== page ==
Close this search box.
Opinion Business Finance social media

Estate planning in the 21st century: Finance, Social media and digital information

3 min read

Many of us accumulate a huge amount of digital information from our finance websites and apps, social media etc. either on personal devices or on a third party’s server, during our lifetimes. Online banks, social media, subscriptions, share trading and email accounts are some examples of the things we sign up for on a monthly or even weekly basis, not to mention all the passwords and logins we collect along the way.

But what would happen to our digital assets and accounts if we die or become temporarily or permanently incapacitated?

Prioritise your passwords

Most of us don’t want to think about that, let alone consider all the places your passwords are recorded, or how someone would go about trying to recover those important login details we’ve forgotten or misplaced.

But it doesn’t mean we shouldn’t make it a priority because doing nothing can cost a lot financially and create confusion, angst and wasted time for the people who may need to access this information to act on your wishes.

The more information you can leave in an easily accessible but appropriately secure format for your solicitor or Executor, the better. Armed with the correct information, they will be able to act swiftly to ensure that your digital assets are dealt with appropriately and that your estate doesn’t incur any unnecessary expenses or delays.

Related: Opinion: What is a Trust and why could be worthwhile for you

Understand the Ts and Cs

The law in Australia is still complex and evolving when it comes to the ownership and transfer of digital information. It can involve a mix of local laws (which differ between states) as well as the contract terms of the Australian or international company you are dealing with.

Some of the more well-known firms including Google and Facebook, for example, allow an account trustee to download some of your account content if your account has been inactive for a certain amount of time. Then there’s the choice of Facebook’s memorialising service unless you specifically note in your will that you want your profile deleted. Other social media accounts offer similar approaches. All these services can be set up online by you now via the various providers.

You can also appoint someone specifically to access, manage, and delete your digital assets and records – a digital Executor.

Next steps

First of all, make a list of online entities and products you deal with, covering bank accounts, direct debits, insurance, and cryptocurrency, to name a few. Also include any personal accounts that you might want other people to benefit from, such as digital photos or document storage accounts, and any other subscriptions, like streaming services.

Remember to also include a corresponding set of usernames and passwords in this list.

Safety of this list is a priority so you could elect to keep it in a deposit box or a locked file cabinet. You can also research online password management services to help store these details or consider talking to an estate planning solicitor for specialist advice.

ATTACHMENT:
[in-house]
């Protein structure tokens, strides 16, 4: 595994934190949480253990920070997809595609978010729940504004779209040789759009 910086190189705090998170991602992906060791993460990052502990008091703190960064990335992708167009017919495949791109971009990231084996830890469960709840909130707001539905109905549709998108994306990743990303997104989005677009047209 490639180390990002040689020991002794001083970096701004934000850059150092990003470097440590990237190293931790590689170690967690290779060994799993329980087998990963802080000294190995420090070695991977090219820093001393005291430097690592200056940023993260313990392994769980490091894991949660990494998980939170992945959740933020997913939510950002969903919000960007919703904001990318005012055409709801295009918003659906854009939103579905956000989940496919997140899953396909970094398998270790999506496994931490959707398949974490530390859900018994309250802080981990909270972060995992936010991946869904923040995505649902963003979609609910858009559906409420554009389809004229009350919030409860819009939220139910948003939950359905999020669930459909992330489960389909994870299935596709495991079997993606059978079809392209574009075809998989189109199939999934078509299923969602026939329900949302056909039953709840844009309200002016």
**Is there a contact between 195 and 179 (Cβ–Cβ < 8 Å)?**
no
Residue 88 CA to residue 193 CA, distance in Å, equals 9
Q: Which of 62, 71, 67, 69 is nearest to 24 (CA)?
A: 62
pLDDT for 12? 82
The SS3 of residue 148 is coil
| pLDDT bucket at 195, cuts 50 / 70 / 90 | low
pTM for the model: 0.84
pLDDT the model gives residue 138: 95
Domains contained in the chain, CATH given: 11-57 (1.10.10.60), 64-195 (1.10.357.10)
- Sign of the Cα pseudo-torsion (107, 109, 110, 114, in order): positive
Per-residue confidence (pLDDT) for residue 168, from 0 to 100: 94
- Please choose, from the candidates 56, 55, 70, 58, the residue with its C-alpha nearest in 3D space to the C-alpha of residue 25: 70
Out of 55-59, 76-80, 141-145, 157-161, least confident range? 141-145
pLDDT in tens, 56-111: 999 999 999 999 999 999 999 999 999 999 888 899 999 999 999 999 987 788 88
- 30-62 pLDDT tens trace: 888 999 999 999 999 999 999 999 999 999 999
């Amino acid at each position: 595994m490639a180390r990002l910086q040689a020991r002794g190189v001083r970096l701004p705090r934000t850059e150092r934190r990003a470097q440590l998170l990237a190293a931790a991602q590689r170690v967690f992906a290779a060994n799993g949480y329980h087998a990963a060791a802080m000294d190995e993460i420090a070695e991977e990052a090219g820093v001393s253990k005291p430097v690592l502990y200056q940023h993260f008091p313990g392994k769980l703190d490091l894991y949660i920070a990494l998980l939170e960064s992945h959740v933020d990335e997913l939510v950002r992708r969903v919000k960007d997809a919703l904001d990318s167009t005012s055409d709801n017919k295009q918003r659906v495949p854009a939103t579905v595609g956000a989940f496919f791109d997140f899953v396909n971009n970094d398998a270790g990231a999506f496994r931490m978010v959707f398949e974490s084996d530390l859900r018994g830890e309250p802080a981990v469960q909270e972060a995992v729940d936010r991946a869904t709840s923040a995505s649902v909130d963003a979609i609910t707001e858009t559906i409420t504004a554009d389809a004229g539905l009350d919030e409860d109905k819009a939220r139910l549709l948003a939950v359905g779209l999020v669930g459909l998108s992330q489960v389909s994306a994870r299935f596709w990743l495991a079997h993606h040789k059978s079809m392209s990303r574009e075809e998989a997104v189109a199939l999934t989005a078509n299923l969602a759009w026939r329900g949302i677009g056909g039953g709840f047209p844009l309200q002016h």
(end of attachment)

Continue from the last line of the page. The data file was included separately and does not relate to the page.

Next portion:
You’ll be amazed at the peace of mind you’ll achieve knowing your passwords and digital assets are ultimately taken care of and included in your estate plan.

Related: Free support program launches to help social sector organisations reset

Equity Trustees is a specialist in wills and estate planning, developed on a foundation of more than 130 years of experience. More information about Equity Trustees’ wills and estate planning services is available on our website.

Equity Trustees was established in 1888 for the purpose of providing independent and impartial Trustee and Executor services to help families throughout Australia protect their wealth. As Australia’s leading specialist trustee company, we offer a diverse range of services to individuals, families and corporate clients including asset management, estate planning, philanthropic services and Responsible Entity (RE) services for external Fund Managers.

+ posts

Susan is an Estate Planning Solicitor at Equity Trustees. Susan was admitted as a solicitor in 2012 and has worked exclusively in estate planning since admission. She has also had experience working in deceased estates and trust administration.

Susan enjoys working together with her clients on tailored solutions to achieve their estate planning objectives, whether it’s a simple review of existing documents or a complex estate plan with a diverse range of assets and relationships to consider.

Susan has three children, including a daughter with a rare chromosome deletion called Phelan-McDermid Syndrome. This personal experience has enabled Susan to form strong connections with clients who are also parents or carers of people with disabilities. Estate planning in these contexts can be very emotional and complex. Susan is passionate about helping her clients to establish appropriate estate planning structures that will protect their assets, and the best interests of their beneficiaries, well into the future


You Might also Like

Leave a Comment

Your email address will not be published. Required fields are marked *

Related Stories

Next Up